LOS ANGELES, Calif. – Daniel Talbot, a force in the independent film world who distributed art house movies and co-founded New York City’s influential Lincoln Plaza Cinema, has died.
Talbot’s death was announced Friday in a post on the movie theatre’s Facebook page. He was in his 90s and had been in declining health in recent months, according to trade publication Variety.
Two weeks ago, it was reported that the theatre’s lease was up and it could close in January after operating for nearly four decades. Talbot and his wife and business partner, Toby Talbot, started and ran the six-screen theatre tucked into a basement in Manhattan’s Upper West Side neighbourhood.
The couple would determine which films passed muster, flagging them for wider attention, Toby Talbot said in a recent interview with the website Deadline.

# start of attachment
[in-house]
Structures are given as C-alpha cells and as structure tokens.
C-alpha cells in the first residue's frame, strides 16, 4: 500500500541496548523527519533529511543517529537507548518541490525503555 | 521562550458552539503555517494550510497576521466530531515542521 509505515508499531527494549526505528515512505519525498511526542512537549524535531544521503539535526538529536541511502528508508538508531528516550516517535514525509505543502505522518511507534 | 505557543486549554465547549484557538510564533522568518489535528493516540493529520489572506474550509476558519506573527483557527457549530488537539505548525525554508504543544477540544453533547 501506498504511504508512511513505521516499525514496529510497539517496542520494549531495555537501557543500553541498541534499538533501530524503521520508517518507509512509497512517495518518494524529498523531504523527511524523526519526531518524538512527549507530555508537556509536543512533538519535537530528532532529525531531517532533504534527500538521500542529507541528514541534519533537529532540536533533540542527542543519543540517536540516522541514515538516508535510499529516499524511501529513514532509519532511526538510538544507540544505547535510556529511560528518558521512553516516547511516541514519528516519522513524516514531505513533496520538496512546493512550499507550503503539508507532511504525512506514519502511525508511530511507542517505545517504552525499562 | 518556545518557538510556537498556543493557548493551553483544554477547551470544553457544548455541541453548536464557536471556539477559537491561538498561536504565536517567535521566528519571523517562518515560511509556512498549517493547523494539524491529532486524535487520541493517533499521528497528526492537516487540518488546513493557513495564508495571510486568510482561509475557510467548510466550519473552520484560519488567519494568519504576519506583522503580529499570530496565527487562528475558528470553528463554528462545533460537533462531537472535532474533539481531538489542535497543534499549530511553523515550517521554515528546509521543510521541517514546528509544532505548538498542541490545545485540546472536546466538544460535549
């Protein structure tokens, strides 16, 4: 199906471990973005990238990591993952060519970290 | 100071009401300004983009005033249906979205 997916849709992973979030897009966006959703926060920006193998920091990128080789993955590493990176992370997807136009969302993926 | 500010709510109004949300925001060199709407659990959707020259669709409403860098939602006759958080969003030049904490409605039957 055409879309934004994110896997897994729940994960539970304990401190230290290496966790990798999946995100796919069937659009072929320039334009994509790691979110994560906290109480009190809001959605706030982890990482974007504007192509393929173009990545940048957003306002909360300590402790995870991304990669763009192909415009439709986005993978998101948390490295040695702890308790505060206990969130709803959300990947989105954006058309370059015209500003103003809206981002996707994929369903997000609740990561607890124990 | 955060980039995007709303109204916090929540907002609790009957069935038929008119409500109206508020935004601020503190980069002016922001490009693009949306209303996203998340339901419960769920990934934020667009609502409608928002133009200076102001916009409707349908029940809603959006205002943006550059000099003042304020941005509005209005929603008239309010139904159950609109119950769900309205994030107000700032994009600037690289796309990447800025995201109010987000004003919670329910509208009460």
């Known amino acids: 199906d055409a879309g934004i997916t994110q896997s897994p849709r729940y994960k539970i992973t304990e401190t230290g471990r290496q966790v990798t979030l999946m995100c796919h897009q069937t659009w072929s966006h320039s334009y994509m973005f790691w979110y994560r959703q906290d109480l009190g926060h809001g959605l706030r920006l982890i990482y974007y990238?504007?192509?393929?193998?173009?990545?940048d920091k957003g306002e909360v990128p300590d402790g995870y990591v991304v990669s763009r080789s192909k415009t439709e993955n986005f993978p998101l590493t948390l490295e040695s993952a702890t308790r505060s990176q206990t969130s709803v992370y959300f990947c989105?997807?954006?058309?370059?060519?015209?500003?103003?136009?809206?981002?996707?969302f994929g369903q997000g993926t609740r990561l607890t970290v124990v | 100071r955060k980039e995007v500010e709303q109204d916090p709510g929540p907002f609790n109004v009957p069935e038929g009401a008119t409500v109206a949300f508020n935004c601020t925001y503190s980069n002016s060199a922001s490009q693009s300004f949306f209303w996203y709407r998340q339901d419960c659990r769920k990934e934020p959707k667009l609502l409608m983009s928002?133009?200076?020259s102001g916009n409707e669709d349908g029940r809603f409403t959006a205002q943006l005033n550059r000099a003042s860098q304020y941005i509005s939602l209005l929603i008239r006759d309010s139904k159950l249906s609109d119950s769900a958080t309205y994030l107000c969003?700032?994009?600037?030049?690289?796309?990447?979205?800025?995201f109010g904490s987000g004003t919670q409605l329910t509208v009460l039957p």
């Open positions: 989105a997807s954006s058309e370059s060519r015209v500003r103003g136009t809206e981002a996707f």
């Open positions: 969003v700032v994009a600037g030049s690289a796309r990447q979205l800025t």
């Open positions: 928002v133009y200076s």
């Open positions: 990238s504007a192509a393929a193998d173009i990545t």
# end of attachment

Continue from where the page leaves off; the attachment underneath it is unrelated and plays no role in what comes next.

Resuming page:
“We acted as kind of first readers. If a film opened at Lincoln Plaza, it had to be worthwhile,” she said.
Daniel Talbot ran the New Yorker Theater in the early 1960s and started the distribution company New Yorker Films in 1965 with “Before the Revolution,” among Bernardo Bertolucci’s earliest films.
“I had no interest in distribution,” Talbot told Variety in 2009. “I made him a very small offer and I got the film, and that was the beginning of New Yorker Films.”
Other releases included Louis Malle’s “My Dinner With Andre” and films by Jean-Luc Godard, Werner Herzog and Rainer Werner Fassbinder.
A memorial service was scheduled Sunday at New York City’s Riverside Memorial Chapel, the chapel said Saturday.
Talbot’s survivors include his wife and three daughters, according to Variety.